You all know my book is due soon. I'm on my final week. My editor emailed for cover ideas, so I had to set aside some last-minute editing time to gather all my ideas into one file to email him. That meant I needed to finish my map and the flags for each realm if I wanted the cover designer to have the opportunity to use any of it on the cover.
It was a lot of work. Art doesn't come easily to me, but I've learned how to cheat in Photoshop. Now, I had most of my map done. I'd been working on it on-and-off all last year. I thought it might be interesting to show you all the evolution of this map.
King's Folly is loosely connected to my Blood of Kings trilogy, but it takes place 500 years before Achan was born. So when I first thought about my map, I wanted it to look ancient. I loved this ancient map of earth and started with it as my inspiration. To explain what you're looking at, Africa is red, Europe is the yellow on the top, Asia is green, and Antarctica is the yellow on the bottom. Isn't that fun?
Inspired by that ancient map, I drew this on tracing paper with a pencil. Since the hand is a sacred symbol in my land, I originally thought about making my continent sort of hand-shaped. That never really happened, though.
Once I was happy with the shape of my world, I re-traced it with a fine-point black Sharpie. I liked how that original ancient map had each continent in a different color. I started to add yellow here, but didn't like how it was looking. So I scanned it like this and opened it in Photoshop.
This next image is my cleaned up version of the previous image. I added colors here, though I never printed a color version. I took this and added my cities and other things I felt were missing.
Then I added those things in Photoshop.
I was liking this so far, but I decided to get rid of the colors shading in each realm since I knew my map would be printed in black and white.
Also, I felt like my canyons looked like massive lakes. So on this next version, I added a key to show some important worldbuilding elements. The dots indicate where canyons were. Since there is no fresh surface water in my world, I added dotted lines to indicate underground rivers. I also added The Gray, which are foggy areas where beasties live. And I added more cities too. I also started thinking about the flag for each realm, what might be on it, and what their colors might be.
That's when it hit me that my map was upside down. This continent is in the southern hemisphere, so I can't have a polar desert up by the equator! So I flipped the whole thing in Photoshop to see what it looked like with the polar desert down by the south pole, where it should have been from the start. I had to move all my text, one layer at a time. Whee!
As I was writing the book, the more I thought about the actual distance these people were traveling, I decided to make some more changes. Reluctant ones, since I'd already put in SO MUCH TIME on this map. First, I switched my distance from 100 leagues to 50. Then I decided to change the shape. I stretched the thing out in Photoshop, and copied and pasted things until I liked what I saw.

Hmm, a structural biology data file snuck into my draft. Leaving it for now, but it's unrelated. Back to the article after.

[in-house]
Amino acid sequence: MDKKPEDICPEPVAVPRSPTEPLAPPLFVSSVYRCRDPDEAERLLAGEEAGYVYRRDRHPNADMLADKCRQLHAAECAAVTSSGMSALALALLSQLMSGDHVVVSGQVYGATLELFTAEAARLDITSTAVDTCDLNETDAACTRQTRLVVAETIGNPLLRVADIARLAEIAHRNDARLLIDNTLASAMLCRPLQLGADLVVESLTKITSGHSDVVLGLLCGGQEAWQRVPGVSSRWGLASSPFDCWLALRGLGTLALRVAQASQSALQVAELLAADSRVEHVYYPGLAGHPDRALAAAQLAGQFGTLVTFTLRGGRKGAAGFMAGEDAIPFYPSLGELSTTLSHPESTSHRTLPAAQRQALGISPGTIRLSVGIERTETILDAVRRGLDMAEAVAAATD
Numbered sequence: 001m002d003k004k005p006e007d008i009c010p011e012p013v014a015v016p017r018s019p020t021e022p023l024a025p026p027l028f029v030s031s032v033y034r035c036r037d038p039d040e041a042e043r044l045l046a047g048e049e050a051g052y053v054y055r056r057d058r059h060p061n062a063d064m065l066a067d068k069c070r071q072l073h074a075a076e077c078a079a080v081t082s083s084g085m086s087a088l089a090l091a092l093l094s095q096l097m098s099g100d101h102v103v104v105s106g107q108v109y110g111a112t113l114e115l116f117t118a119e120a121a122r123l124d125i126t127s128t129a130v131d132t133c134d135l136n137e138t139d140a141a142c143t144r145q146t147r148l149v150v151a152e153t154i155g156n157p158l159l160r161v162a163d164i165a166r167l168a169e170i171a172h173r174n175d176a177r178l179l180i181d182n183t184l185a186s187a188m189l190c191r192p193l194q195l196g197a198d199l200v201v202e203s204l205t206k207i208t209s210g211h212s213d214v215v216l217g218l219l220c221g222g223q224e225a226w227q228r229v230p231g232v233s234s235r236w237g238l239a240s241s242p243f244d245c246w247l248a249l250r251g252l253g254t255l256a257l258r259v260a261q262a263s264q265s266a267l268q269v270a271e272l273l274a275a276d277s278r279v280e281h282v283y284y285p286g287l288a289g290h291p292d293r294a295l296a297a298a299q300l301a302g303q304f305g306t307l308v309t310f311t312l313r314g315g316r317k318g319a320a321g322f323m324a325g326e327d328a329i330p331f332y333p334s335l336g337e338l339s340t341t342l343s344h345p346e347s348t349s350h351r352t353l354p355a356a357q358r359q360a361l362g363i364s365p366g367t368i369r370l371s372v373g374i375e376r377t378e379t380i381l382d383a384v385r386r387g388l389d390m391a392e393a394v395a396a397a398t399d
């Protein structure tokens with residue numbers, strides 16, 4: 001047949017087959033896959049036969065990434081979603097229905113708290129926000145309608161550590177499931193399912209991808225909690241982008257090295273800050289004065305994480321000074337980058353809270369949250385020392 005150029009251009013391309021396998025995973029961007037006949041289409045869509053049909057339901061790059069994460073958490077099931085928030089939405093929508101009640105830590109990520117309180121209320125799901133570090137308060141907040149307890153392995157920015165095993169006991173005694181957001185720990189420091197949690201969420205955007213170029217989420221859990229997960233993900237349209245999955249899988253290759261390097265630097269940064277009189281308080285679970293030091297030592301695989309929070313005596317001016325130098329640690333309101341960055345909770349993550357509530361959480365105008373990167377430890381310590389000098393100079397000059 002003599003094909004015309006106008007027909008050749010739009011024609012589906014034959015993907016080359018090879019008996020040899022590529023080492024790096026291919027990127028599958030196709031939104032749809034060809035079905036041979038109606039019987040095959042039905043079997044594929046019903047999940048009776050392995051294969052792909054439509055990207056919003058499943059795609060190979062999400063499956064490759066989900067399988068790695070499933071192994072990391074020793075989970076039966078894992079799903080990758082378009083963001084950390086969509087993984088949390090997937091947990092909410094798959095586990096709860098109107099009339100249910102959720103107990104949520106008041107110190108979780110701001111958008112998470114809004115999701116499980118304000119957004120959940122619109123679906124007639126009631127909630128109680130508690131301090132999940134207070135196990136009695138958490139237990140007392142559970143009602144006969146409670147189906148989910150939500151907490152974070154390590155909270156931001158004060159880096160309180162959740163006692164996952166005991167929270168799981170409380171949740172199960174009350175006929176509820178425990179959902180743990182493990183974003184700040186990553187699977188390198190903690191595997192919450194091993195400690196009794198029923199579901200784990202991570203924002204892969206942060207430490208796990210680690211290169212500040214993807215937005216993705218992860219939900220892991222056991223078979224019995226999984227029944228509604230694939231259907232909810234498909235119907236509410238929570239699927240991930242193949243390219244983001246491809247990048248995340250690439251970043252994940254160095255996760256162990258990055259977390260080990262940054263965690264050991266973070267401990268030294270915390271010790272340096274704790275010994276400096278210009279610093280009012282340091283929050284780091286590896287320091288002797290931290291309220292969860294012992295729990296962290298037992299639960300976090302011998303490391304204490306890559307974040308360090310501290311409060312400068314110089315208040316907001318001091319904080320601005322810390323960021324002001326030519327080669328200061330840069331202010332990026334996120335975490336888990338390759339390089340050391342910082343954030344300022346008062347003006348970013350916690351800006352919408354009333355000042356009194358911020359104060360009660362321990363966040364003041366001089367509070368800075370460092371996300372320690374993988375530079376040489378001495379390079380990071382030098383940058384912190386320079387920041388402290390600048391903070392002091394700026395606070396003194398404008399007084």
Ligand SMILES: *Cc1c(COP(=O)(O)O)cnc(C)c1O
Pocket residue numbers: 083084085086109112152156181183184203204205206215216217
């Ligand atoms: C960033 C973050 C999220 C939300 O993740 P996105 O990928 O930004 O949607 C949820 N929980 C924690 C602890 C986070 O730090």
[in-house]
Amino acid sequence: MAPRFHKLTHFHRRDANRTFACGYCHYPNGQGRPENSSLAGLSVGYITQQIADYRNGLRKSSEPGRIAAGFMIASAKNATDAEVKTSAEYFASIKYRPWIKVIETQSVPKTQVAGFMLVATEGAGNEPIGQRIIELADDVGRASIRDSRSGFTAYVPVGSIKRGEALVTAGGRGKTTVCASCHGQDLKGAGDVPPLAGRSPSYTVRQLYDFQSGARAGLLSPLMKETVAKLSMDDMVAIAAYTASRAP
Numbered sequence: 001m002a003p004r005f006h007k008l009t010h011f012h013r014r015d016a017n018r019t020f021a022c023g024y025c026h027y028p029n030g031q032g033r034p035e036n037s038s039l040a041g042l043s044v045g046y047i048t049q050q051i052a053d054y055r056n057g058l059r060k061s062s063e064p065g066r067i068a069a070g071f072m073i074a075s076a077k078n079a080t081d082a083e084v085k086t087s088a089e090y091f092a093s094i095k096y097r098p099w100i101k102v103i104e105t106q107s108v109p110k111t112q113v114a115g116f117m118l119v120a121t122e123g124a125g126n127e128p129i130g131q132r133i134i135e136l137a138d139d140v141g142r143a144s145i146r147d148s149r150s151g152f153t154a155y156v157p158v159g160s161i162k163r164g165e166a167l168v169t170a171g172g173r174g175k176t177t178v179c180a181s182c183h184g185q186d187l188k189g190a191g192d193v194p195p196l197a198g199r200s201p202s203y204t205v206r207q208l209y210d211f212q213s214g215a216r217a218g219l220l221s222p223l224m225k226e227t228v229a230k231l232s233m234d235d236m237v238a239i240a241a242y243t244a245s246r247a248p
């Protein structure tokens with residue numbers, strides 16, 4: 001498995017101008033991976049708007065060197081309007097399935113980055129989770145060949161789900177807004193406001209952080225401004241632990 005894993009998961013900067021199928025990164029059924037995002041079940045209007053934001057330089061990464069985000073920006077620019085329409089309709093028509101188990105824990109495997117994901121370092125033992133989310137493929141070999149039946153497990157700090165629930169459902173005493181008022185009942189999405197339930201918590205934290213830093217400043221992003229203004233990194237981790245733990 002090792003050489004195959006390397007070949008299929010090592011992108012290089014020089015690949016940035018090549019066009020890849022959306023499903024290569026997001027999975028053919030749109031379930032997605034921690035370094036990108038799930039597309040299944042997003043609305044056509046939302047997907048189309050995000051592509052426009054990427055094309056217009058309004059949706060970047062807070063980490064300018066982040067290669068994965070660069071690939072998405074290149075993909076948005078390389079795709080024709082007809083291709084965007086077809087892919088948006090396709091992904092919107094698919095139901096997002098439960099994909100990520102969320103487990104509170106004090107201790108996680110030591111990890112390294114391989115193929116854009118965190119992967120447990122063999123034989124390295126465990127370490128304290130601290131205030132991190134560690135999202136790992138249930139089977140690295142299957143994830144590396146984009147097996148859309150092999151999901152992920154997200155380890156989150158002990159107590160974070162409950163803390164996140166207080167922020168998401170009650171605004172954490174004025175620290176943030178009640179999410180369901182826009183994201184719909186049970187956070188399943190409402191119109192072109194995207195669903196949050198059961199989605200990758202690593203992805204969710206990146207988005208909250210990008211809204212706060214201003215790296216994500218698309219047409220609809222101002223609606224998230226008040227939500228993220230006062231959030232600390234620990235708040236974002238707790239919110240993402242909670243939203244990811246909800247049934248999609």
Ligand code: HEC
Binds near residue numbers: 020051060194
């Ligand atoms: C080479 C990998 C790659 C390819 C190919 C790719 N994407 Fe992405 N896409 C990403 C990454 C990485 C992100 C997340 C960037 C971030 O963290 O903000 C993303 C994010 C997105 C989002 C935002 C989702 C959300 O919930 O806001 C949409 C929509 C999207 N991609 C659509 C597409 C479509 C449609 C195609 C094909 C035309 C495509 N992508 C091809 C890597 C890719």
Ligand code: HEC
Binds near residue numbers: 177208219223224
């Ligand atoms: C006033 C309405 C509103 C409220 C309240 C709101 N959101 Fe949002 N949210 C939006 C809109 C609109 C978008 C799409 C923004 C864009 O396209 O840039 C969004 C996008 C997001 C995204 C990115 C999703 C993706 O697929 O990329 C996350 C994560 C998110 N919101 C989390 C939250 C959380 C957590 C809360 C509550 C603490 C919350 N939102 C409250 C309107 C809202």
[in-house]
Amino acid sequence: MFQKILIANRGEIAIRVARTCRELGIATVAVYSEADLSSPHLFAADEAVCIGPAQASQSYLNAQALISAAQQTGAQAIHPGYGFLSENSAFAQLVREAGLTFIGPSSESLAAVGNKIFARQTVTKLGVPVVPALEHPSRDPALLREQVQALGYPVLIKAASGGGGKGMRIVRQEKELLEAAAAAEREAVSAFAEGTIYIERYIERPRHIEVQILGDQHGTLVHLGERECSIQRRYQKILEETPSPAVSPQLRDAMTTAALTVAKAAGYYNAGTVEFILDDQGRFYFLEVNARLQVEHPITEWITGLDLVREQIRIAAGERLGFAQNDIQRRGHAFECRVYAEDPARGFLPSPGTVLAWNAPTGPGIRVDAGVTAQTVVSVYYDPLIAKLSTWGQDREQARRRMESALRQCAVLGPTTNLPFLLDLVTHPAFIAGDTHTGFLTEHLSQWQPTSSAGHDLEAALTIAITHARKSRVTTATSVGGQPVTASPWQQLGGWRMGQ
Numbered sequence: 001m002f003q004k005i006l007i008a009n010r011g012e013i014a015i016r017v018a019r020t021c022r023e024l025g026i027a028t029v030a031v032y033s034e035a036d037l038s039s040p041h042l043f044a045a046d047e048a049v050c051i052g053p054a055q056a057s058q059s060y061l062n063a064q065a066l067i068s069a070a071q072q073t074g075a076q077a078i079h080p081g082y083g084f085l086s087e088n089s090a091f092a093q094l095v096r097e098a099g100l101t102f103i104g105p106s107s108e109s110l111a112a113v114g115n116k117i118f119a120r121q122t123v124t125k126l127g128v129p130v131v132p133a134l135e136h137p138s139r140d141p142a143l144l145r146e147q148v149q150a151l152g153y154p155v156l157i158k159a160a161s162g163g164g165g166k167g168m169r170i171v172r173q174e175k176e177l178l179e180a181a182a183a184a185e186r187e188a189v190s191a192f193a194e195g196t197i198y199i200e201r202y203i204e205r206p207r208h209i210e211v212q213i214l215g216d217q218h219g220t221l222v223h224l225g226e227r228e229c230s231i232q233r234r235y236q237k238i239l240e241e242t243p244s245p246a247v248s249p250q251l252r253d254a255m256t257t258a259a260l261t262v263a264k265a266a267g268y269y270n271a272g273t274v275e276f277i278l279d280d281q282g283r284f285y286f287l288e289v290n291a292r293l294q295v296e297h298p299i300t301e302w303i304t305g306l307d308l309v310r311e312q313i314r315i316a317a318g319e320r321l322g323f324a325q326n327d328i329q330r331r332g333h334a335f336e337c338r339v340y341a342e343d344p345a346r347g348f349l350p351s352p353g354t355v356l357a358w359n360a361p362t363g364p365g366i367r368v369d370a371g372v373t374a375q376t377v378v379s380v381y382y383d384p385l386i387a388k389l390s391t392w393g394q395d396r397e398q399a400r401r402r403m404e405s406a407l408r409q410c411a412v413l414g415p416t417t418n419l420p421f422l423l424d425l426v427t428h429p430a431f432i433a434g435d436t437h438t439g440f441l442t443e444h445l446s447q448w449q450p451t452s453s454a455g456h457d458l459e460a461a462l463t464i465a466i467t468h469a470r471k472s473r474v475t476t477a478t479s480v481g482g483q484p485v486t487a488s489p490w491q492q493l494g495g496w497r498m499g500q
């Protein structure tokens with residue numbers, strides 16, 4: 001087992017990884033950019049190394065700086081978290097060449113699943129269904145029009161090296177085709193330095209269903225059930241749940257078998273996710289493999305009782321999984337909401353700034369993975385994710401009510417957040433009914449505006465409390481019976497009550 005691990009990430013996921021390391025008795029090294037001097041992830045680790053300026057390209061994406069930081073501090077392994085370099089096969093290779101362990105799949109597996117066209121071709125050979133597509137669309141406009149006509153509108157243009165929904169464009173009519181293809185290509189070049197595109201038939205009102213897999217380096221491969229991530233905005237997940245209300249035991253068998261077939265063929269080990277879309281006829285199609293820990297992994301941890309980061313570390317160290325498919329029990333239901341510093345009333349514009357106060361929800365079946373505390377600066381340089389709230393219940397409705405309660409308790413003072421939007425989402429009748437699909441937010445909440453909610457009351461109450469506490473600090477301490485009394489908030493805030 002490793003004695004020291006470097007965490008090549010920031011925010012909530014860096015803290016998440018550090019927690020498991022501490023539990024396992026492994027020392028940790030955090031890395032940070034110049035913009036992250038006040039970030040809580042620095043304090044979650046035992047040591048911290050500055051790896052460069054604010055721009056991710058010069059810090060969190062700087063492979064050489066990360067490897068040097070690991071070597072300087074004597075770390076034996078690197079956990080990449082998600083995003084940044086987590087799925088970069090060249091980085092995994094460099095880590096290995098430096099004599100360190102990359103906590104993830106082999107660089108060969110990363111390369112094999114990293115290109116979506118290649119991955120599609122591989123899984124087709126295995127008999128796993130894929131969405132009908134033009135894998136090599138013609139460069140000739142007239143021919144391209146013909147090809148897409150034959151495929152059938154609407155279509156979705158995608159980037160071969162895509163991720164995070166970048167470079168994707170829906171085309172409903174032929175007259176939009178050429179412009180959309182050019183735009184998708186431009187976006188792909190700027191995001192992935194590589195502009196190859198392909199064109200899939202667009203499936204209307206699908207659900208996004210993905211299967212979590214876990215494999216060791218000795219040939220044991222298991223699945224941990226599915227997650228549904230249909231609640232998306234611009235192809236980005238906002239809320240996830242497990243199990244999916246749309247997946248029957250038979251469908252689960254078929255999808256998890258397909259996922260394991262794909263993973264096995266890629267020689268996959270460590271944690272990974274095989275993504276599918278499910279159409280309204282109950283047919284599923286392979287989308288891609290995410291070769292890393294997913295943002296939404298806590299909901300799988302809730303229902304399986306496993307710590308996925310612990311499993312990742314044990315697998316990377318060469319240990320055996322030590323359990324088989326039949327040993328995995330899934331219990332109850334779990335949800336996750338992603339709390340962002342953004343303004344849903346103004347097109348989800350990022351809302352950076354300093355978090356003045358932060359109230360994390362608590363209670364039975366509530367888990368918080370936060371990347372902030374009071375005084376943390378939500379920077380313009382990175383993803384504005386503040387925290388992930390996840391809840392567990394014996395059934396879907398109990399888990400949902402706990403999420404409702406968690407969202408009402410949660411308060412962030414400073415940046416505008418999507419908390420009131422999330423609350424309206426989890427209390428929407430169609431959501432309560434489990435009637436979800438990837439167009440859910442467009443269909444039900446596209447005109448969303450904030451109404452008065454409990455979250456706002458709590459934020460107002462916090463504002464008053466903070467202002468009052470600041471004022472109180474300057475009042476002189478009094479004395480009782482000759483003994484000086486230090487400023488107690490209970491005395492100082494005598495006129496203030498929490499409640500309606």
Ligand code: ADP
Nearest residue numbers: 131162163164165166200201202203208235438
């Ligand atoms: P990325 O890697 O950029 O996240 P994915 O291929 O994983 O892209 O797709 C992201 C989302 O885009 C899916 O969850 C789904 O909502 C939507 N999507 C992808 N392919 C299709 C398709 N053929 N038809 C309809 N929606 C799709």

The other thing that had been bothering me from the start was that you couldn't tell that pretty much this entire continent has a raised elevation. It is supposed to be surrounded by cliffs! So I decided I needed a new outline (again reluctantly). I drew a new outline on tracing paper and added cliff marks. I purposely left them all out of proportion, figuring that the map was supposed to be ancient, so the odd proportions might work just fine.
I scanned in my new outline, cleaned it up, pasted it into my Photoshop map file, and hid the old outline layer. I had to move all my text and dots and mountains and rivers again. But once I got them all in the right place, I liked it. I decided it needed an old-timey border, so I found a vintage one, then re-drew it myself.
BUT---yes, there was yet another change coming. I wanted to put the flags for each realm on the map. I made these in Photoshop as well. But they looked way too busy over the coolio vintage border, so I hid that layer and kept a simple oval line. I brought in my flags, created a new key, and shifted everything about until I was happy.
And then was I ever happy to be done!
This is pretty much the process I go through with every map. It takes months for me to fiddle with it, to decide what I like and don't like. And as I write the story, things change and I make adjustments. I realize that this process is not for everyone, but I really enjoy it and thought you might find it interesting.
I also want to point out that part of this is likely why many fantasy novels don't have maps in them. It's terribly time consuming. For a publishing house to pay an artist to do this would be very expensive. It would likely cost as much or more than the full cover design. So maybe I should give more grace to those books without maps, huh?
Any questions? If you create maps, how is your process similar or different from mine?